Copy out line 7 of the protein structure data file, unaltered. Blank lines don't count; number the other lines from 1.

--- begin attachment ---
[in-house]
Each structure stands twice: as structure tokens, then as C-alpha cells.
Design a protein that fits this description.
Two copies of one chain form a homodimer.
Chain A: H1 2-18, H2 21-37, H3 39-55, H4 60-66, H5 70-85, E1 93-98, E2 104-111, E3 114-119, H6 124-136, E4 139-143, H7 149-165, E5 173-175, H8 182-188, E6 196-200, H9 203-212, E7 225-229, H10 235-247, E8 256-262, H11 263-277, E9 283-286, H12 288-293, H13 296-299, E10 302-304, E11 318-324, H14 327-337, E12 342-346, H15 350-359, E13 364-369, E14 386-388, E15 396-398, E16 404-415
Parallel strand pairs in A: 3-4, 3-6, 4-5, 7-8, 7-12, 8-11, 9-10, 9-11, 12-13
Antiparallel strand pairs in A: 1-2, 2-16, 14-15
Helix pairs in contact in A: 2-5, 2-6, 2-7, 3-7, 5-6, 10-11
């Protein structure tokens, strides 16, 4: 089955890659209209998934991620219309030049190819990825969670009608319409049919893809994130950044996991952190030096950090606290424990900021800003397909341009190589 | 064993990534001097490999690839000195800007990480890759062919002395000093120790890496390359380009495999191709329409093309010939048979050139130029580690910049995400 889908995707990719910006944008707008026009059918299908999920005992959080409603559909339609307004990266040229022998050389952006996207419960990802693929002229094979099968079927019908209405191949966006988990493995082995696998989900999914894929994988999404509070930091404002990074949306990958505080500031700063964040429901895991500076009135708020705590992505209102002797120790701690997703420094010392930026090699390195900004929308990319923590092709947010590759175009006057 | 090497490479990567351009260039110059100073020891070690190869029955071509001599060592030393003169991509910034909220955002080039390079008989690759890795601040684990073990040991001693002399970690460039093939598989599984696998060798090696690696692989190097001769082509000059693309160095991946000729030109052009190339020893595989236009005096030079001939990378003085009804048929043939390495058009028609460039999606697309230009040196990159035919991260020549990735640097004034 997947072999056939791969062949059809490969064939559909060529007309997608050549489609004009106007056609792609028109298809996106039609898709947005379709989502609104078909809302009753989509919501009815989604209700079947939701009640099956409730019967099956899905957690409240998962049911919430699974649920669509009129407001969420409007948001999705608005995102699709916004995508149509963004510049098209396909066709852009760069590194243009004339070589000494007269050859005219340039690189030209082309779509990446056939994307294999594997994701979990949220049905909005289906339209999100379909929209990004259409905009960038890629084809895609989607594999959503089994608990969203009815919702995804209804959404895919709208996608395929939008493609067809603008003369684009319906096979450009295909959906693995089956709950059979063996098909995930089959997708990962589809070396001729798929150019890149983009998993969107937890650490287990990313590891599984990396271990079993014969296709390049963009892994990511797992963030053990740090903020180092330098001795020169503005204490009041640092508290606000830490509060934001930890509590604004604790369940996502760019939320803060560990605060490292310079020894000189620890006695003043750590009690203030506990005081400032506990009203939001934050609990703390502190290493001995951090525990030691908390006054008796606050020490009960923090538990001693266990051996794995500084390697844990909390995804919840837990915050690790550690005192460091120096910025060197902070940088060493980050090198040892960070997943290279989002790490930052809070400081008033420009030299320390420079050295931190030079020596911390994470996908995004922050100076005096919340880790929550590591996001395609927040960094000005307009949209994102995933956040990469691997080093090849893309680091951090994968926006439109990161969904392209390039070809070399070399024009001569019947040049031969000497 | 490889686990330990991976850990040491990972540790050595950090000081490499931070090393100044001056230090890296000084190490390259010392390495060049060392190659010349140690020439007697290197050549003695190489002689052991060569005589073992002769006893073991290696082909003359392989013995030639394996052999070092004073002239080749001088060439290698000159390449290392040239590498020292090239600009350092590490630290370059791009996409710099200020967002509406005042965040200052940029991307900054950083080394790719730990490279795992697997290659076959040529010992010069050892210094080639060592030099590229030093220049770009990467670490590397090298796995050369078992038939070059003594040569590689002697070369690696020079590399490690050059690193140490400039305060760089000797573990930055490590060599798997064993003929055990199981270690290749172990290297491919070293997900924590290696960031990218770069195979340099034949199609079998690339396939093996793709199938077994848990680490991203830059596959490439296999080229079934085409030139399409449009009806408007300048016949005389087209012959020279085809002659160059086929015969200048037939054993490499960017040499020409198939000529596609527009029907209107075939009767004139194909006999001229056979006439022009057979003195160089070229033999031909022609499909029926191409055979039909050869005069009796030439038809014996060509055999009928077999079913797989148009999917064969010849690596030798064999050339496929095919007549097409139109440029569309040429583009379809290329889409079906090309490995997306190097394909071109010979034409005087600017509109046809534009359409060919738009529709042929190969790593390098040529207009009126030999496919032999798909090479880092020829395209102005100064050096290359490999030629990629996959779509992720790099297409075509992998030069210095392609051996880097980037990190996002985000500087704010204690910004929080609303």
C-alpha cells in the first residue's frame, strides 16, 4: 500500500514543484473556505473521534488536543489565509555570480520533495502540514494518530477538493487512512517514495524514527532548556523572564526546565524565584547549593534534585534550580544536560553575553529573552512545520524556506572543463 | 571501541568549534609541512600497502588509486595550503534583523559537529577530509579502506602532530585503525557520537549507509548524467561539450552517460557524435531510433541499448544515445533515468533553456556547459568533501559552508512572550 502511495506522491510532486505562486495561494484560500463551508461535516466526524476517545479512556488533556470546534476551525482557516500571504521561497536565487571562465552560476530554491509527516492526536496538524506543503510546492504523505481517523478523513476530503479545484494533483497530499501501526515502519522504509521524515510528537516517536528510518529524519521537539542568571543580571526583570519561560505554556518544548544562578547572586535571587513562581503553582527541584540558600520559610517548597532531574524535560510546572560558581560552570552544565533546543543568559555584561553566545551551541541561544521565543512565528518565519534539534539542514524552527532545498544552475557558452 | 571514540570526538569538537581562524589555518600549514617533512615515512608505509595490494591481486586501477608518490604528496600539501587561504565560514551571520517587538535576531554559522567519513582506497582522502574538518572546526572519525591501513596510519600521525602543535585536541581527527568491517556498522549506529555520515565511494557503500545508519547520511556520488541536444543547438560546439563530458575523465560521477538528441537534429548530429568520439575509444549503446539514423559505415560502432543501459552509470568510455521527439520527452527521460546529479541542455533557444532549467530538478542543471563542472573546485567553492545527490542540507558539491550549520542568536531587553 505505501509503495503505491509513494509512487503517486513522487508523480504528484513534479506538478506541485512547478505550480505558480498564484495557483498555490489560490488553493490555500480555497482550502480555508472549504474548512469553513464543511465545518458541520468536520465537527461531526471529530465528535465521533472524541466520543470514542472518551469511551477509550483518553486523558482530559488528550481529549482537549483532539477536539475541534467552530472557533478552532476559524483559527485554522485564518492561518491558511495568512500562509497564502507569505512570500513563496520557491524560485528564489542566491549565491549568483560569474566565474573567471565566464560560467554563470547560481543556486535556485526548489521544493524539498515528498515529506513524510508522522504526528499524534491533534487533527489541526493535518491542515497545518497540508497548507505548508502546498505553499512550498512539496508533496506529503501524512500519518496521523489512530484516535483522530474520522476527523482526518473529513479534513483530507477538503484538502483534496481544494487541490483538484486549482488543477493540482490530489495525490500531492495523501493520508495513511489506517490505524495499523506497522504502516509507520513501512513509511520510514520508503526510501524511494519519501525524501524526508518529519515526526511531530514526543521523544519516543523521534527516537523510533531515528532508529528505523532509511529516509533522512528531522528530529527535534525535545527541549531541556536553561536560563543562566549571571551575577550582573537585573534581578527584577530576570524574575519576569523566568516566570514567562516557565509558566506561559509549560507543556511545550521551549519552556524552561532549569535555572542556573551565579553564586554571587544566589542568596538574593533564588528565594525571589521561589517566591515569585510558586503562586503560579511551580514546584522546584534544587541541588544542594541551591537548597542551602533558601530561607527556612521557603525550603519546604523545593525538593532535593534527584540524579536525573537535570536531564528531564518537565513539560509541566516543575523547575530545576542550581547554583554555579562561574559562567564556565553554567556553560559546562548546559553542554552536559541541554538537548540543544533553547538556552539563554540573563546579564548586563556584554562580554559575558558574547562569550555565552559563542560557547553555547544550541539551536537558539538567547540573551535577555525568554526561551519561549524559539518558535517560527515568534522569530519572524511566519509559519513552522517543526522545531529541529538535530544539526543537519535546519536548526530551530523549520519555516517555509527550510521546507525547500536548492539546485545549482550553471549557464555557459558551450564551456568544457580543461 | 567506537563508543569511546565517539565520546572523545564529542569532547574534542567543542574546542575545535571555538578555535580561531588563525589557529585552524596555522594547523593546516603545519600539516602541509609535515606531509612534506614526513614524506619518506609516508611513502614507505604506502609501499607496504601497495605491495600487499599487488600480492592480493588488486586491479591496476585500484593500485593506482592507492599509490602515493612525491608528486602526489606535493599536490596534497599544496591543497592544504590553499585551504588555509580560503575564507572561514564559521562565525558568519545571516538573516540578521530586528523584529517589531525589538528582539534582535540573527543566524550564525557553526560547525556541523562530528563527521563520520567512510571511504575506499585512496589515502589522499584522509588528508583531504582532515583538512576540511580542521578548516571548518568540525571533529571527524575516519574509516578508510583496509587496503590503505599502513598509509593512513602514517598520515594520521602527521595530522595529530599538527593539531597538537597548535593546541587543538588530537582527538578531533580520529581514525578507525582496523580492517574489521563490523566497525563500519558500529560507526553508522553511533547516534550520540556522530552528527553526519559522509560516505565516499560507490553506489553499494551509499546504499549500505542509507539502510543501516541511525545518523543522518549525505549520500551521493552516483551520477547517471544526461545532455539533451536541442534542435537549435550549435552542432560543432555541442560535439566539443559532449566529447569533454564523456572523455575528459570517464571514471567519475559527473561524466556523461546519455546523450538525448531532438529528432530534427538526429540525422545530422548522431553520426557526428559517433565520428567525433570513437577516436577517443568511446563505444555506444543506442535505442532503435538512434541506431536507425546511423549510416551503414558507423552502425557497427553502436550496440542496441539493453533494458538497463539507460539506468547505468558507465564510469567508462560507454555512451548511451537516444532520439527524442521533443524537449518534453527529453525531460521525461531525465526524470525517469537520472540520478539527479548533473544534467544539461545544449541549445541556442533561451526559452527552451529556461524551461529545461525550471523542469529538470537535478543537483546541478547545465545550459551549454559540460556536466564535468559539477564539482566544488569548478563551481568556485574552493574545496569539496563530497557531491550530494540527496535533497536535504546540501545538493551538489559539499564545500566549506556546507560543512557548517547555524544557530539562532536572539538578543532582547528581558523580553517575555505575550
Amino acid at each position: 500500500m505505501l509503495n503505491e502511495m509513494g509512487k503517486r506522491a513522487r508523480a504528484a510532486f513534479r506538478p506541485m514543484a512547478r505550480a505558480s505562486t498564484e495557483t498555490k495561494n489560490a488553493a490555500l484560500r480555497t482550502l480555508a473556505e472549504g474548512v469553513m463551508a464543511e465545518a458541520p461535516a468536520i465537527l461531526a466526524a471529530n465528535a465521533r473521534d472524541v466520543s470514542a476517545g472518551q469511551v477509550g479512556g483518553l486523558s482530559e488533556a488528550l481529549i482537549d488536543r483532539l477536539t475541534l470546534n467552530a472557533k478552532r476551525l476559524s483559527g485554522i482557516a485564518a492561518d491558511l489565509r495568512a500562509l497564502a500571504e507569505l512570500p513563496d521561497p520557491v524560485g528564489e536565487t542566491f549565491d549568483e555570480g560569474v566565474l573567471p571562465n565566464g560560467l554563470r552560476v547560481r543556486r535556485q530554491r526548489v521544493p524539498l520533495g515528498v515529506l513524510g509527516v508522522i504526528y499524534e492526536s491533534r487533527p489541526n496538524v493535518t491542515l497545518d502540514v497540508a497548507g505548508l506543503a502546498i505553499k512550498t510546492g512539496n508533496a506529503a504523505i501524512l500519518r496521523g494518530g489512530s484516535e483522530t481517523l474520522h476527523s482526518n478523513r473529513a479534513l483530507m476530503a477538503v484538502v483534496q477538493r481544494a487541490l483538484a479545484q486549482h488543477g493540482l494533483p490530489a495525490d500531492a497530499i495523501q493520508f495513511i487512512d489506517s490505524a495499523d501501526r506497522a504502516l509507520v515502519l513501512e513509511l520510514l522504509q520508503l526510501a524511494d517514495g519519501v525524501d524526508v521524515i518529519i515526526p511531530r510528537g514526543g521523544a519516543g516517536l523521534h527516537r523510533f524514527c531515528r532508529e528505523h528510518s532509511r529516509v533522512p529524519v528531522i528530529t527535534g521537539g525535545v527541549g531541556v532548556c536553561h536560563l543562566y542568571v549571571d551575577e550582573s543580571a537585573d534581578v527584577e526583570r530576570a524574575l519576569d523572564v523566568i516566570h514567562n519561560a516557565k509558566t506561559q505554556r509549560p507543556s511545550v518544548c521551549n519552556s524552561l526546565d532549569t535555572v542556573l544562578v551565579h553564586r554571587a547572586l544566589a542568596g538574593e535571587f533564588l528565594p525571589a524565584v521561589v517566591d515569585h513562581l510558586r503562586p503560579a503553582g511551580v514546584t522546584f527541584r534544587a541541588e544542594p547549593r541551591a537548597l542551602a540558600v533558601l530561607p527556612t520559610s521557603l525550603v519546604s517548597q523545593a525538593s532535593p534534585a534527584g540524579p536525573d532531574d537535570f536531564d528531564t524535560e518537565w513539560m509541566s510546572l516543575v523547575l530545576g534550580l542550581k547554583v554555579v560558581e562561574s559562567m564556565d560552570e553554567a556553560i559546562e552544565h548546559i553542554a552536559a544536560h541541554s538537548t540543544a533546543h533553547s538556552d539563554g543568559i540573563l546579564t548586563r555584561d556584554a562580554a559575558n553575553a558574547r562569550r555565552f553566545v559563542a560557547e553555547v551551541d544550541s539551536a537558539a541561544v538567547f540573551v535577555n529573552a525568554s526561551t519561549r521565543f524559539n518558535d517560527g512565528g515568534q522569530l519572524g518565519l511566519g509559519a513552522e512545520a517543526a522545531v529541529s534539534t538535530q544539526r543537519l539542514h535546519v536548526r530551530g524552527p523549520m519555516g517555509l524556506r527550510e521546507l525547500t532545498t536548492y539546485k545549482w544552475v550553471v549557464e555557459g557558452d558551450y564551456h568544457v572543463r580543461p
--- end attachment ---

Antiparallel strand pairs in A: 1-2, 2-16, 14-15